Learn C using Mac OS X

Posted:
in macOS edited January 2014
Sorry if this is a duplicate. I tried searching without finding anything relevant.



I'd like to learn C using Mac OS X. Eventually I want to work my way up to using Cocoa for some specific apps I'd like to develop.



I've found pretty good resources for learning Cocoa but they presume you know C. The resources I've found so far are windows centric. Is there a tutorial based on using OS X?



I have a lot of experience with writing software for years in several different languages and have used Applescript quite a bit and have some experience with Applescript Studio so I'm not starting from scratch.



Thanks for any suggestions you can supply.

Comments

  • Reply 1 of 7
    MarvinMarvin Posts: 14,209moderator
    You can create a standard tool in XCode using File > New Project > Command line tool > standard tool. Then it sets you up with a main.c file and you can start building functions and code around it.



    The best reference for C is the Kernighan and Ritchie book (save the PDF):



    http://www.thungsong.ac.th/teacher/c...guageAnsiC.pdf



    They developed the language itself so it's kind of the definitive reference for C.



    Here is a short tutorial (ignore the disclaimer, it's still a decent overview of C):



    http://www.lysator.liu.se/c/bwk-tutor.html



    Cocoa is an object-oriented language but C is procedural so you won't deal with classes and things in C. It won't fully prepare you for Objective-C but IMO it's still one of the best languages to learn.



    To extend to classes, you can imagine that instead of functions lying about on their own, they are contained in objects. You then instance the objects and call the functions via the instance.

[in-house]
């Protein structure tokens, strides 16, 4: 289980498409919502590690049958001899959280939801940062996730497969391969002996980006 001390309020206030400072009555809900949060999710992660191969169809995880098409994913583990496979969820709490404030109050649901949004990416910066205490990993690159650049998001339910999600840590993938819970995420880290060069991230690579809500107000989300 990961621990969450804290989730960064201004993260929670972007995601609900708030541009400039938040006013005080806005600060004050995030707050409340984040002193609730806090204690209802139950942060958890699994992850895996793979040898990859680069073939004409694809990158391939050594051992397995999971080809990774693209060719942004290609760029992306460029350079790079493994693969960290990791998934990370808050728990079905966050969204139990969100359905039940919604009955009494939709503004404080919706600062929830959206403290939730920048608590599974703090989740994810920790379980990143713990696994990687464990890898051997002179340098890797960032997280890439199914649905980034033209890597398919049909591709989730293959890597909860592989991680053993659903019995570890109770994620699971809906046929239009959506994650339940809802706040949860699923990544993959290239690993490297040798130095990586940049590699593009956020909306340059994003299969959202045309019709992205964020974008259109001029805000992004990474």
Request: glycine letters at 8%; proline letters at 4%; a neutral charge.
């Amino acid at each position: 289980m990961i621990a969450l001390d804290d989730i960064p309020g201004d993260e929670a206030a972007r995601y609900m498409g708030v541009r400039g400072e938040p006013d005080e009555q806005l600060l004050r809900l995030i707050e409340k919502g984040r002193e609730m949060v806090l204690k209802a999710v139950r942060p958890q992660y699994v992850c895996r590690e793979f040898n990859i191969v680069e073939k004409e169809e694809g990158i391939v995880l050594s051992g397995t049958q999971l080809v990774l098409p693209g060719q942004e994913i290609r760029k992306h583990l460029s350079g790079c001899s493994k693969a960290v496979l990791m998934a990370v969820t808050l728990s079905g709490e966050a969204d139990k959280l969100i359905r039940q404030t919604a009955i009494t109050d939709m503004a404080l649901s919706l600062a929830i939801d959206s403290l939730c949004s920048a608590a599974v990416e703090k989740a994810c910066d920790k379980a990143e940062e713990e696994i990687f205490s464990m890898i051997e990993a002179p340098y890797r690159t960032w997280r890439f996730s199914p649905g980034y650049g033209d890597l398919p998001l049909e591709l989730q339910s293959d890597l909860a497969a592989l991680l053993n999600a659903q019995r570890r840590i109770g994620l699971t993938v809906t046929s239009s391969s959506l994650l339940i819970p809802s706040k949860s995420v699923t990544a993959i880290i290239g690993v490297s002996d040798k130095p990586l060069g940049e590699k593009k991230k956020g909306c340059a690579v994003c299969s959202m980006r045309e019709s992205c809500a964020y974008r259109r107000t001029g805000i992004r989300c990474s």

The syntax of Objective-C is a bit different too so you should probably start looking at it right away so you can see the equivalent way of writing things.
  • Reply 2 of 7
    I'm no computer scientist but the good think about learning C is that you have to learn your pointers and data types and what not to be able to use it. It's a good exercise for the reader.
  • Reply 3 of 7
    you can use nearly any Unix/Linux C tutorial or examples as well. Because Xcode is simply a wrapper for gcc (and llvm-gcc), when you install the developer tools you also get the full set of GNU development tools (and now LLVM as well).



    If you haven't already, sign up for a free ADC account at developer.apple.com, and download the latest development tools (3.1.1).
  • Reply 4 of 7
    Thanks one and all.
  • Reply 5 of 7
    Quote:
    Originally Posted by neutrino23 View Post


    Sorry if this is a duplicate. I tried searching without finding anything relevant.



    I'd like to learn C using Mac OS X. Eventually I want to work my way up to using Cocoa for some specific apps I'd like to develop.



    I've found pretty good resources for learning Cocoa but they presume you know C. The resources I've found so far are windows centric. Is there a tutorial based on using OS X?



    I have a lot of experience with writing software for years in several different languages and have used Applescript quite a bit and have some experience with Applescript Studio so I'm not starting from scratch.